Wednesday, February 18, 2009

Making Babies

When news of the octuplet mom hit the airwaves, my thoughts flashed back to my own experience with pregnancy. You see, before in-vitro fertilization and other high-tech methods increased the odds, I was among the wretched group of women who had trouble conceiving.

The year of my misery was 1963, I was 25 years old, and in my third year of marriage. At the time, I remember thinking how unfair the world was for it seemed as if every woman who came into view was either pregnant, pushing a baby carriage, or dragging a bawling infant by its pudgy arm. Bellies that looked as if they were concealing pillows, or stomachs resembling basketballs, were at bus stops, in supermarket checkout lines, or on the school faculty where I was teaching at the time.

When we married three years earlier, my husband and I thought it wise to postpone pregnancy so I could work while he finished medical school. First, the diaphragm had been my attempt at barring the door. Next, the miracle of science brought us spontaneity and peace of mind. Oral contraceptives -- The Pill -- changed the landscape. All I had to do was twist the plastic circle, align the calendar disc with its designated 10 mg. dose, drop the tiny pill into my hand, swallow, and let the chemical set up its blockade.

But once my husband completed his internship and residency, I tossed contraceptives into the garbage, coaxed him to bed earlier than usual, and added parenting magazines to my pile of reading material. But. Nothing. Happened. Month after month went by. No swelling of the tummy, no morning nausea, no little boy the image of his father, or bitty girl with her mother’s black hair.

"Maybe it was all the contraceptives I used." I said to my husband. "Maybe the combination of science and technology messed up the natural order of things?"

"Don't be silly," he answered. "Give it more time. You were meant to be a mother, it'll happen."

Meanwhile, although my body declined my quest, I was able to sublimate with the children in my third grade class at a Chicago Public School. It was located in a tough west side neighborhood, but I overcame misgivings with a desire to instill in my adorable tykes a passion for learning.

In my first years of teaching, I used affection, gentle persuasion, and copious praise to tame my 35 students. But everything seemed to change by my third year. The incoming kids seemed to have gotten rowdier, tougher, and less moved by hugs or praise. Some challenged me from the Pledge of Allegiance to the ending bell.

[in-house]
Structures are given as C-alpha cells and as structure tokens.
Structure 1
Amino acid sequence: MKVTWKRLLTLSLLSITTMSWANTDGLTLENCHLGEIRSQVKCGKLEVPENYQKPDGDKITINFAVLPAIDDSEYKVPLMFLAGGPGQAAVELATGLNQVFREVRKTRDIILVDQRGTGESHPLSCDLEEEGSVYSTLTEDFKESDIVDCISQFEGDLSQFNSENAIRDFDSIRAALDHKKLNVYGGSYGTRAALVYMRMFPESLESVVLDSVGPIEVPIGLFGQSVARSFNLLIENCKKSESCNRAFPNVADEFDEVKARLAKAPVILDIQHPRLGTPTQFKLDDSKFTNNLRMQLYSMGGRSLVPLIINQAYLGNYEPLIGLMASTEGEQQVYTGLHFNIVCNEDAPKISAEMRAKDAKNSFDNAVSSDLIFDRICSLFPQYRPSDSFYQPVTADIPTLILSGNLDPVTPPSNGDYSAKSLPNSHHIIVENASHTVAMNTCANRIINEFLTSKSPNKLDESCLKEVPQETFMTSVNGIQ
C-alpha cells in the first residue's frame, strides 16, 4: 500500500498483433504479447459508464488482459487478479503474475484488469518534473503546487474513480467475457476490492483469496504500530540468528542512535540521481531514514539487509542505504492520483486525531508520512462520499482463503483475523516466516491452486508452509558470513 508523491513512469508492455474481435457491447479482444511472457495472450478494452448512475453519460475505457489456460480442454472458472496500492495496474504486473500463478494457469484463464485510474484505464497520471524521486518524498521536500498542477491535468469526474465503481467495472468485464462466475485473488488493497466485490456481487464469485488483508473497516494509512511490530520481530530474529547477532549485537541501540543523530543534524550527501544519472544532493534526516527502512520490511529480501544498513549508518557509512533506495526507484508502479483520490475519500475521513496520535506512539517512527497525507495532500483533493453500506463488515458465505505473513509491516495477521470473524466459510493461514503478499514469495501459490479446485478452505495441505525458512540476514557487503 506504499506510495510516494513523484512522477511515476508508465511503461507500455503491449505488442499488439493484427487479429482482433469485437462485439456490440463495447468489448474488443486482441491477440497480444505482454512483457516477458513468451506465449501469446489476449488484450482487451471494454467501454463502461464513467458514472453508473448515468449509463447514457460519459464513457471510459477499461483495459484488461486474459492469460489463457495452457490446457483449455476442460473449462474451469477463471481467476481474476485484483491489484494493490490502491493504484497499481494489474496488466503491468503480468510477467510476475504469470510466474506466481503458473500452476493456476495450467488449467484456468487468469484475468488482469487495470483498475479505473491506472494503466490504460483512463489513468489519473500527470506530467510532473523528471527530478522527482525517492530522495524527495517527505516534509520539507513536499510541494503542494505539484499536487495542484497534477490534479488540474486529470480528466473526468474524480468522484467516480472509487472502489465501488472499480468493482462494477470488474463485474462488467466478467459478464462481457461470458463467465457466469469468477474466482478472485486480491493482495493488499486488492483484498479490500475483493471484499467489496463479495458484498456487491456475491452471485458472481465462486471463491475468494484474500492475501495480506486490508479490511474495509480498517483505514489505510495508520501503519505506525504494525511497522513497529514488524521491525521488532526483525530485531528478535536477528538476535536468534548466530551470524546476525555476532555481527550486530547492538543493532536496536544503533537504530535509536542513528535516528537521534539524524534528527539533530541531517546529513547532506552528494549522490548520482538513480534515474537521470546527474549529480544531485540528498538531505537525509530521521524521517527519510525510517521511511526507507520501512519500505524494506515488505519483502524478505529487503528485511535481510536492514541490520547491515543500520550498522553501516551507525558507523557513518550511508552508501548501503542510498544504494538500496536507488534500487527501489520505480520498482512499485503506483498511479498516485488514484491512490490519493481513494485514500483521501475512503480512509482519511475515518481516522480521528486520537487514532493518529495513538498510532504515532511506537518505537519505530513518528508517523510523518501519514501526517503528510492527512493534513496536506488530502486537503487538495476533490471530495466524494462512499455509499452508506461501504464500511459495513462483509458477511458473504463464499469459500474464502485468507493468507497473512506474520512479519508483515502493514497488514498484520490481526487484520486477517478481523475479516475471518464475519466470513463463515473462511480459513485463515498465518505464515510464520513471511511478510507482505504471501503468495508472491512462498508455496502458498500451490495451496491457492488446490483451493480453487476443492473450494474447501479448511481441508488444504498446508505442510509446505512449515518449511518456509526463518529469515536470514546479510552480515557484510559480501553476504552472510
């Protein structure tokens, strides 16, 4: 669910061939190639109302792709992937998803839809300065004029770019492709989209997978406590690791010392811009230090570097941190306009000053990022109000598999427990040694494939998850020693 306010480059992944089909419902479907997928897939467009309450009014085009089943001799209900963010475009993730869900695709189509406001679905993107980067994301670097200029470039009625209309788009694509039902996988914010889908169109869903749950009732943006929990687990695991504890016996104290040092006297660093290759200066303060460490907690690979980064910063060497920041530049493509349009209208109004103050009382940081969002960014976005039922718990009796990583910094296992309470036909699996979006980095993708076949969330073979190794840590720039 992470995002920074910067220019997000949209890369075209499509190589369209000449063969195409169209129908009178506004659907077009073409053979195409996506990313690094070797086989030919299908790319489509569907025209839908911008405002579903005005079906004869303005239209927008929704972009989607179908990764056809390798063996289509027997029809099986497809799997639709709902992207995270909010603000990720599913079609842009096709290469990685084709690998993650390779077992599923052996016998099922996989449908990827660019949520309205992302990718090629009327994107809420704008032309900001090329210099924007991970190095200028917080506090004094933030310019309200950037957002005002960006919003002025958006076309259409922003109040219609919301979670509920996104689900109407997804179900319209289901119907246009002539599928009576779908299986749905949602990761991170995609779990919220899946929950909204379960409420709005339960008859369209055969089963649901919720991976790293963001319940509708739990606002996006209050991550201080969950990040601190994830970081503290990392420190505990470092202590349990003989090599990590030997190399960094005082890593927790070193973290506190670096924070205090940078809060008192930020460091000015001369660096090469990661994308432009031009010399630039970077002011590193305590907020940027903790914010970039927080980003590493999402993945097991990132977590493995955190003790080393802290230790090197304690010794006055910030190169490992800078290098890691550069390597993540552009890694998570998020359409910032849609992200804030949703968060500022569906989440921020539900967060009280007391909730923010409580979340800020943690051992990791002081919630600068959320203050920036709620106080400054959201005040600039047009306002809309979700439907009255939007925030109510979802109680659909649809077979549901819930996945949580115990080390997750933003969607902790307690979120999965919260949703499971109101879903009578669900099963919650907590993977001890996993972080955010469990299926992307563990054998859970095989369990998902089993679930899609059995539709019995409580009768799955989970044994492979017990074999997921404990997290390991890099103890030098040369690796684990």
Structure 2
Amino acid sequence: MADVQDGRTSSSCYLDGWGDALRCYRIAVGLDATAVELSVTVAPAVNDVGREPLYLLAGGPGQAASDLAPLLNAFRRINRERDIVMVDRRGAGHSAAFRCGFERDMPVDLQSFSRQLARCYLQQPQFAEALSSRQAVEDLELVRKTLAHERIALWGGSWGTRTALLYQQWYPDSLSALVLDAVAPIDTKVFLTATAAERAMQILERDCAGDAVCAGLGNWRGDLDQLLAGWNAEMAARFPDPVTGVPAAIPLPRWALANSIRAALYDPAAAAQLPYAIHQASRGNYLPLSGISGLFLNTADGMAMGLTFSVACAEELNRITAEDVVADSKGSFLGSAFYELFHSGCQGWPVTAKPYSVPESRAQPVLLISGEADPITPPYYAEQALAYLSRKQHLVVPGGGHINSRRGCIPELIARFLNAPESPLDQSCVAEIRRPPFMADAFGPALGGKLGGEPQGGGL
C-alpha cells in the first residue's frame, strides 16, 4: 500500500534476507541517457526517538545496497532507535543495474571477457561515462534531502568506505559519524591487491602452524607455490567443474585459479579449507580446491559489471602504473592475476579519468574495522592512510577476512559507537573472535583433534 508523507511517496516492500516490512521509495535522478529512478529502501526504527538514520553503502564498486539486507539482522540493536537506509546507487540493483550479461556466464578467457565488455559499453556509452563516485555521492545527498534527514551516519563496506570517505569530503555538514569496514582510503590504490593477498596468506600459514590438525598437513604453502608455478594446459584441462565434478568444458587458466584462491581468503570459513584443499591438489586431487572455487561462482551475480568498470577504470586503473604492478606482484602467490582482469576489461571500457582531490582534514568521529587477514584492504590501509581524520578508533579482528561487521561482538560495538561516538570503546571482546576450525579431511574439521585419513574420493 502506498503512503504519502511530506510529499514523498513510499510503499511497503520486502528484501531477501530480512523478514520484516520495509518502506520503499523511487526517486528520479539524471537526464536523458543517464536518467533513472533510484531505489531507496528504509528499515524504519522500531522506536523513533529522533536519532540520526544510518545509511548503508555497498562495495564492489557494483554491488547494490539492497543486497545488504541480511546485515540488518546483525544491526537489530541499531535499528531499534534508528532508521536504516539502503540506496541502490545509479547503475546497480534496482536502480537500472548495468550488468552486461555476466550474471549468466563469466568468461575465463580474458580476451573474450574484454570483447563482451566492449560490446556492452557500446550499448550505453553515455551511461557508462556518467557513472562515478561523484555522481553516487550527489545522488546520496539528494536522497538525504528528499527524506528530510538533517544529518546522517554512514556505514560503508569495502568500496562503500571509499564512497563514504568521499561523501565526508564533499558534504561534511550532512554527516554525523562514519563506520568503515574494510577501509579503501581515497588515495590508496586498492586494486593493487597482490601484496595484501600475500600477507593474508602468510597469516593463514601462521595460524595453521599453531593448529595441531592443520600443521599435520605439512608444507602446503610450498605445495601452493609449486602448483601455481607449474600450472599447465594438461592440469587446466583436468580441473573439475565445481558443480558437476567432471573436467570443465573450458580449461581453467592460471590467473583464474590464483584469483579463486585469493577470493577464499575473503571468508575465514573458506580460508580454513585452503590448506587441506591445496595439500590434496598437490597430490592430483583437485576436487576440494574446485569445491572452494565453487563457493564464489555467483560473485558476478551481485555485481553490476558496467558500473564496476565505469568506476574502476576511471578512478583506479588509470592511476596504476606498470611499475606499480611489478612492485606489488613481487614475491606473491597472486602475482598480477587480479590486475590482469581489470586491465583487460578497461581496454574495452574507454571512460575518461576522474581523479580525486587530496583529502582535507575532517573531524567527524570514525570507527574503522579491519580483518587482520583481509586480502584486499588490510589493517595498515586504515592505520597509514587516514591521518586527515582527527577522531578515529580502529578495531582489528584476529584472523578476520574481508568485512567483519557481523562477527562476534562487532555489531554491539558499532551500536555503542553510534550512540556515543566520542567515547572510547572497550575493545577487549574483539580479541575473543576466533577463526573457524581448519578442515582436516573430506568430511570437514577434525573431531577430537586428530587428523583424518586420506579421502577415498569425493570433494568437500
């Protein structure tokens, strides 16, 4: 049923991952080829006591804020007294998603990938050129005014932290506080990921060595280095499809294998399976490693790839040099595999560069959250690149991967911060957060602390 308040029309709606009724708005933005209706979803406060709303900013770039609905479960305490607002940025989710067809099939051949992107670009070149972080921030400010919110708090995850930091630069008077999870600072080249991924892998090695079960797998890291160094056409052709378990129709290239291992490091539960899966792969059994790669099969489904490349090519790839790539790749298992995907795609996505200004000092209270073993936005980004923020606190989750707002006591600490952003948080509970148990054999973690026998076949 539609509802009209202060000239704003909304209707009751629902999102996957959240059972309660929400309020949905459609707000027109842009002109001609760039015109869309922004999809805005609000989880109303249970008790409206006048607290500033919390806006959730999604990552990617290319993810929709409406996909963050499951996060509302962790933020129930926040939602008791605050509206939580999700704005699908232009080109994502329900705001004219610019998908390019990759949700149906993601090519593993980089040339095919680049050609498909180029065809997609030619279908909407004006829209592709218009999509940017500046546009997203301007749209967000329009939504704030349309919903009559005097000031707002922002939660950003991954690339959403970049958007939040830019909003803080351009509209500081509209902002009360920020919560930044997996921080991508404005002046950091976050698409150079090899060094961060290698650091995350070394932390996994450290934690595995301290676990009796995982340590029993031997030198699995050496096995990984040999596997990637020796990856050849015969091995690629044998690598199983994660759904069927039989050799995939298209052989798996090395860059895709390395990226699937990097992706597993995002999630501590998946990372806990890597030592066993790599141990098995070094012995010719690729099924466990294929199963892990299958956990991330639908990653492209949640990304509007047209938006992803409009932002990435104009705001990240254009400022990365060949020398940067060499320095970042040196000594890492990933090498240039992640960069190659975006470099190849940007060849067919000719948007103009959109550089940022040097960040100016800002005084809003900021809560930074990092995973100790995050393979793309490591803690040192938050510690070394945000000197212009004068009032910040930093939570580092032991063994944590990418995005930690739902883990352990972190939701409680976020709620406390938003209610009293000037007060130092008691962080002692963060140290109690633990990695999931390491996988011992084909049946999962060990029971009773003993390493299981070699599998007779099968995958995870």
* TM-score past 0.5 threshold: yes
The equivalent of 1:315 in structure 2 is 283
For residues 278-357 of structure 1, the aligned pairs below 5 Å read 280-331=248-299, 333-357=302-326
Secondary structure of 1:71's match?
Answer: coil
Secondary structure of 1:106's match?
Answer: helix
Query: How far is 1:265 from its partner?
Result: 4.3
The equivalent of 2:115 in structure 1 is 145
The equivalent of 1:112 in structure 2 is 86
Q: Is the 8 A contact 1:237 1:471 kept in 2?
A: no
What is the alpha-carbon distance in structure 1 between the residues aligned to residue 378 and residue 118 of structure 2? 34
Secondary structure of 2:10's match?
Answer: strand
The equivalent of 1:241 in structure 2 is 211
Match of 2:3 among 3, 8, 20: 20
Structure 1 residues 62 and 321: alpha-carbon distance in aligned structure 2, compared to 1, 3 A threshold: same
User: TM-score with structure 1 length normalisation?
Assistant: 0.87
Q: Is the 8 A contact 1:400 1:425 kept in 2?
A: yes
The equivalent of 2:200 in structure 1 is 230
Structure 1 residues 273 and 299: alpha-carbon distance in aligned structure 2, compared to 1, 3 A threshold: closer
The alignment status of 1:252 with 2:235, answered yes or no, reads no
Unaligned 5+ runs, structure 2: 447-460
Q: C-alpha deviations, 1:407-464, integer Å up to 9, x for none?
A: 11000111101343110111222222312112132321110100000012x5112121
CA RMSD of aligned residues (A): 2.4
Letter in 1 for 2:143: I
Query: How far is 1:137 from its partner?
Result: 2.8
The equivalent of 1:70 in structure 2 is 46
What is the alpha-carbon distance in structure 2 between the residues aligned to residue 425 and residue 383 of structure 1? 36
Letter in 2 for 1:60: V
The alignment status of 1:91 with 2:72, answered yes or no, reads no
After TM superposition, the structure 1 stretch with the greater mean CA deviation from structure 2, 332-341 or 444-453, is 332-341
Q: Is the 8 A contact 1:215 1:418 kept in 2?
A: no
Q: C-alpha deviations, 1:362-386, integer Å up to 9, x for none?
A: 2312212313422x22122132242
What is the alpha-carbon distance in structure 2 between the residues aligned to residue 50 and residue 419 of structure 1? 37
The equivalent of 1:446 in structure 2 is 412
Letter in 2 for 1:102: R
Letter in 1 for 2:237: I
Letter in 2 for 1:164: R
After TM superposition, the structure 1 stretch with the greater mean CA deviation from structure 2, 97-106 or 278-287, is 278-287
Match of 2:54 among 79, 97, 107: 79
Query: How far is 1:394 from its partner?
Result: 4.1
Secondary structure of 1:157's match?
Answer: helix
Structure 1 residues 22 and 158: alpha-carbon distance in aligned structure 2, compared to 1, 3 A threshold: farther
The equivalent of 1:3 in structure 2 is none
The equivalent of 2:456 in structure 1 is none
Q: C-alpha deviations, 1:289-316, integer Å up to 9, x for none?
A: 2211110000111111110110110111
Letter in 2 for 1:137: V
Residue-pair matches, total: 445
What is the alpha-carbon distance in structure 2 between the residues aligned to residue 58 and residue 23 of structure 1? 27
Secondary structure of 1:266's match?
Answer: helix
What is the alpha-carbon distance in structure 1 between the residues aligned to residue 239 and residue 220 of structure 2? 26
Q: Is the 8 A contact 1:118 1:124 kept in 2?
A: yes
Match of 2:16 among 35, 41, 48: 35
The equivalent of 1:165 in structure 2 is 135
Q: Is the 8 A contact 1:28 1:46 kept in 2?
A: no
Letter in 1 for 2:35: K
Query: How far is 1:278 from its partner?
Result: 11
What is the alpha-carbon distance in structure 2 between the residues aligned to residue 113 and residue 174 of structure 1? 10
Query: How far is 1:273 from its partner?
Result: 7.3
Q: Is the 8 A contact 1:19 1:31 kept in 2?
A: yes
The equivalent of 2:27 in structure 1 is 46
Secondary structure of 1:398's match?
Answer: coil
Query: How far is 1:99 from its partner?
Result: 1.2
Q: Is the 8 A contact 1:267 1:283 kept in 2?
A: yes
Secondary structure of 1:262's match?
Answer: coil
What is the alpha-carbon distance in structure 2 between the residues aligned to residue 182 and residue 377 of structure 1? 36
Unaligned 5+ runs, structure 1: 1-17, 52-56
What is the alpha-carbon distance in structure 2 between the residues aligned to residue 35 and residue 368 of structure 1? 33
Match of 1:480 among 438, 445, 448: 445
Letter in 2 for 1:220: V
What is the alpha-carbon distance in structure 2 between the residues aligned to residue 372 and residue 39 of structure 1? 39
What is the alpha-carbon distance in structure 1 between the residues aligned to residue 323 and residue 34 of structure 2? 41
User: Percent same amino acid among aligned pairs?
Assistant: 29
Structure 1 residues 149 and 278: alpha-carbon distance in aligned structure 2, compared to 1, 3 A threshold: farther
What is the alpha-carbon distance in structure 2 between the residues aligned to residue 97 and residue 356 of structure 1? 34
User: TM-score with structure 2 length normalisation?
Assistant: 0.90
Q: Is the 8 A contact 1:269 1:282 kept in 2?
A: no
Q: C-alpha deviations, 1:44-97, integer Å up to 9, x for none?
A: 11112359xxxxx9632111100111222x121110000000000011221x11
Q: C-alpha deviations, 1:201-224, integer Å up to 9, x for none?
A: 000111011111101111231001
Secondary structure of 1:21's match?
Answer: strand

While the majority of my students were age eight or nine, one boy, having flunked several grades, was eleven. "Please sit down," I'd say to him, safe behind my desk. When he'd ignore me and continue to roam the aisles, slamming shut children's books, pushing pencils off desks, or shoving a kid from his seat, I’d catch up to him and attempt a tougher tone. Looking up as he towered over me, I'd growl, "Go back to your seat right now!"

"Who's gonna make me?" he'd say, staring down with his thick arms crossed against his chest. Then he'd laugh, and a few of his cohorts would join in. It was a comical sight, a teacher who'd need a stepstool to reach his height. I was clearly outmatched. Eventually he’d weary of the standoff and saunter back to his seat. Some of the children, clearly disappointed there'd be no bloodshed, could be heard uttering, "Shit."

That was another problem with that year's crop, many of them cursed. Third graders! Children! Often when I lined my class up for a trip -- let's say to the assembly hall -- I could easily hear, "step lively, motherfucker," or "get your big-assed feet off my shoes."

One night during that grim year, as I was getting ready for bed, I looked into the bathroom mirror to see red spots decorating my torso. “Honey, take a look,” I said to my husband. I lifted my nightgown and exposed the bright design that was now beginning to itch.

“Whoa,” he said. “Measles?”

“No, can’t be, I’ve been immunized. I have an appointment with Dr. Hankin, on Saturday. I’ll ask him to take a look.”

“Definitely not measles,” Dr. Hankin said. “Looks to me like it could be stress related. Anything bothering you lately?”

“Well, besides the fact I’m not getting pregnant, and the kids at school are driving me crazy, and more guys my husband’s age are being drafted, I guess I’m doing okay.”

“I think you’ve made the diagnosis,” he said. “We’ve done all the tests on you and your husband, and they’ve all confirmed there’s no physical reason you’re not conceiving. I bet if you quit teaching, you’d get pregnant.”

"From your lips to God's ears," I said. As I reached for my clothing that was hung on the back of the examining room's door, I wondered if I'd ever be blessed to see on that hook a pair of slacks with an elastic waistband, plus a tent-like top that would flow over a swelling stomach.

Soon after that exam, my husband enlisted in the Army, and as an officer drew a choice assignment at Fort Devens, Massachusetts. I quit teaching to accompany him. The moment we arrived, I learned my obstetrician had been spot-on.

Within nine months, I delivered a beautiful baby daughter with black hair the same as her mother and if not the image of her father, close enough to make him ecstatic. And eighteen months later, another daughter easily followed her sister.

So without the aid of fertility clinics, in-vitro, or other laboratory settings, dear Dr. Hankin (now deceased) provided the perfect prescription. I’m not certain it would work for others, but, here’s what I recommend: quit your high-stress job, find some calming activity (yoga perhaps, not the military), and oh yes, send me a birth announcement.